I’ve been watching and listening to more conversations with creative types, particularly writers and people involved in film and TV. Creative people are fascinating – we all seem to think in really different ways, and it’s interesting to learn the way that others tackle their creative challenges and that the people on the top have just as many challenges as us little people. For example, I just finished listening to John Green (author of The Fault in Our Stars and Paper Towns) on the Nerdist Writers Panel, and one of the many great things he said was that he isn’t sure which is better: sending out manuscripts and getting rejected, or getting accepted and having your whole world change because of the success. He’s also pretty self-deprecating – which I can relate to, except that this is John fucking Green. If I had a nickel for every time I’ve incorporated Crash Course into my lessons … I’d be broke, obviously, because why would I be showing lots of YouTube videos in the classroom…? (I assume that my board overlords are always reading these. Shit, I’ve already cursed in this post … twice, now.)

Anyway, I also watched the documentary Showrunners, which examines the process of developing a TV show by interviewing and following folks like Hart Hanson, Joss Whedon, J.J. Abrams, and Robert and Michelle King. Seeing the process outlined from pilot to season finale really opened my eyes to how much work goes into developing a season of television. I mean, I knew it was a ton of work, but holy gods is it a ton of work.

The really neat thing is that while there’s a sort of SOP when it comes to writing for a network, every creative team has their own dynamic and way of doing things, and they all face the same challenges that any writer can relate to. For example, the struggle between trying to make something perfect and meeting a deadline – for a fiction writer, there’s no such thing as perfect, it’s just the point when something’s good enough and more tinkering is going to drive you nuts. Or wanting to do right by your characters, and not write yourself into a corner. Or the challenge of choosing which creative hill you want to die on, when the showrunner and the network (or the author and their editor) disagree on a particular element of the plot. John Rogers of Leverage and The Librarians points out that you only really get to choose one hill to die on, so you have to make it count – which is true of life in general, I suppose.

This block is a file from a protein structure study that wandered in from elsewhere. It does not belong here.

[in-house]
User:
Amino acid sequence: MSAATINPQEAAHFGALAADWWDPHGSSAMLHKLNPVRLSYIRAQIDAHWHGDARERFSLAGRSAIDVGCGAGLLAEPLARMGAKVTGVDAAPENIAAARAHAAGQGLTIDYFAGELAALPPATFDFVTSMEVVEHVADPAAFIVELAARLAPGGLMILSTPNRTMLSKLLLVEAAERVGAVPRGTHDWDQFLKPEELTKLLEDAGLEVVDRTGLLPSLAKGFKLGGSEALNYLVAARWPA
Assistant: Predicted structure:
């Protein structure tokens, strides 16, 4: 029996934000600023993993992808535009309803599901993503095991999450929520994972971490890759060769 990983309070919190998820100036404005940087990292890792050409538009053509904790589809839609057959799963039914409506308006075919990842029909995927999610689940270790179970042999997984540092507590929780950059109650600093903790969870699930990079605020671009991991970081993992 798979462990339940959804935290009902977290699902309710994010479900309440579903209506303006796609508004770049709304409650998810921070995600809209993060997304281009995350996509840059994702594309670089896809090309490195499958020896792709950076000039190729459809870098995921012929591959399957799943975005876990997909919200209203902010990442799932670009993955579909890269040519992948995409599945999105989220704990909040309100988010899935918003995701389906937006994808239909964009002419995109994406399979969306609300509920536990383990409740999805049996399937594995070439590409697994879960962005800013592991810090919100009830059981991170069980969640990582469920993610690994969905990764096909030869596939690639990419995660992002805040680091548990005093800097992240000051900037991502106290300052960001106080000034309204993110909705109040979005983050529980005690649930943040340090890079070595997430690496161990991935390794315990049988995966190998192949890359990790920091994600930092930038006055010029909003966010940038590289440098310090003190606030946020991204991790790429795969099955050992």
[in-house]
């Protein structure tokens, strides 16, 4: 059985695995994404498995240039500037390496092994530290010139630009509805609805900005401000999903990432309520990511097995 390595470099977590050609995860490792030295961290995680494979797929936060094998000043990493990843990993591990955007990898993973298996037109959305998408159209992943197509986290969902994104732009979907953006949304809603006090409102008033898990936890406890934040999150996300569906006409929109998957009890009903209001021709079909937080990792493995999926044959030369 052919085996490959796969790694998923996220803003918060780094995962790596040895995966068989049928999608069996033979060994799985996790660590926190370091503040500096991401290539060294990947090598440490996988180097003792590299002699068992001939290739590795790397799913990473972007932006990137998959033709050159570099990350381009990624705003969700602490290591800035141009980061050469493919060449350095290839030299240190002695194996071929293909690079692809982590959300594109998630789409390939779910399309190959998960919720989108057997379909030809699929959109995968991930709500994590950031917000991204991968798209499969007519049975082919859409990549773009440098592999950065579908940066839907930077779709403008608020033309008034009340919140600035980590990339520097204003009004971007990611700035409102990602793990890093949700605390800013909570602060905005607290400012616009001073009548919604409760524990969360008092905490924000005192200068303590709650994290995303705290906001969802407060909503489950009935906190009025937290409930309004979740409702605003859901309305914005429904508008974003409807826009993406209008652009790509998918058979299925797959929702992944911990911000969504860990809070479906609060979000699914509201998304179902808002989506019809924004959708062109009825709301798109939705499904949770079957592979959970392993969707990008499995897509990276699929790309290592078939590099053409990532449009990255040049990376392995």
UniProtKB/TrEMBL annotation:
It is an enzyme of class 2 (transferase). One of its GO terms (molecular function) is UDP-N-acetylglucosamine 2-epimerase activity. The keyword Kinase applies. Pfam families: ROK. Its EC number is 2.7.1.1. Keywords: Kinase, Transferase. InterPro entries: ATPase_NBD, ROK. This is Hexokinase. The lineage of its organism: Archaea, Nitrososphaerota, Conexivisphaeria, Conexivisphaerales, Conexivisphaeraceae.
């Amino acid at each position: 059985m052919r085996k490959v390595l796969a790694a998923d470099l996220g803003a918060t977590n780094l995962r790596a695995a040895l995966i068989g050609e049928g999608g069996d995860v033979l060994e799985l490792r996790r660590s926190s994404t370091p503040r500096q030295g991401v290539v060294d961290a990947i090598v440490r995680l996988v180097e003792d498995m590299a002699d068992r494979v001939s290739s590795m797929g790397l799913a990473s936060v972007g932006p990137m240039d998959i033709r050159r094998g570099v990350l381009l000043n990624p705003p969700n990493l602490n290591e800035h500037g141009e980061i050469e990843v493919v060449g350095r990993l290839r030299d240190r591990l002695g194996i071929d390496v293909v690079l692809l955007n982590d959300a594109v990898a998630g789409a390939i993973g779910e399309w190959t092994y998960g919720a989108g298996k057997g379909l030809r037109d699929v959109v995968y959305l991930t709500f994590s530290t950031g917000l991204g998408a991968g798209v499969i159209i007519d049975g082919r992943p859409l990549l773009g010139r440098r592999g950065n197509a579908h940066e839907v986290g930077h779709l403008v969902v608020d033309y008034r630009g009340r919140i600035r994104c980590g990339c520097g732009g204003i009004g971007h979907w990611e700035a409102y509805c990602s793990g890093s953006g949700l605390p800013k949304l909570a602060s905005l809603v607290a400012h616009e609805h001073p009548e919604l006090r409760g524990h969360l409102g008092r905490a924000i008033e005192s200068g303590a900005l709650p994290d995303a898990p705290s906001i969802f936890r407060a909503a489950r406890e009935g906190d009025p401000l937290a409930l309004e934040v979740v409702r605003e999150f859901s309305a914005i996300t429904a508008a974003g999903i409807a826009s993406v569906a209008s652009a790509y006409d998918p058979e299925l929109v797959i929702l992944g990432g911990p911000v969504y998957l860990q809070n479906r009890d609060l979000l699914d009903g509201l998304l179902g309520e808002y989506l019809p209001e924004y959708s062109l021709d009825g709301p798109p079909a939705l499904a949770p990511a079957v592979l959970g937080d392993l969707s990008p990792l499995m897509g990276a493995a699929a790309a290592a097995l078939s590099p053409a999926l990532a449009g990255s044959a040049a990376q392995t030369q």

If you’re curious about TV development or you enjoy listening to creative people, I highly recommend Showrunners. It was especially good for me to watch because I’m in one of those cycles now where I feel like I have too many projects and ideas rattling around my head – and going back to what John Green discussed, there are ongoing developments that are leveling up my writing career, and that’s terrifying all on its own. But these interviews remind me that everyone goes through this sort of thing – Mary Robinette Kowal suffers imposter syndrome, and Joe Hill is certain that his next novel is going to flop, just like the rest of us. So this is sort of how I tell myself to just calm the hell down because, as multiple folks on Showrunners stated, it’s just writing. I love it and I want to do it for the rest of my life, but I’m not a brain surgeon or a UN diplomat. If a story of mine goes nowhere, I’ll just write another story. No one suffers.

That only happens when I mess with my students’ minds every day πŸ˜€



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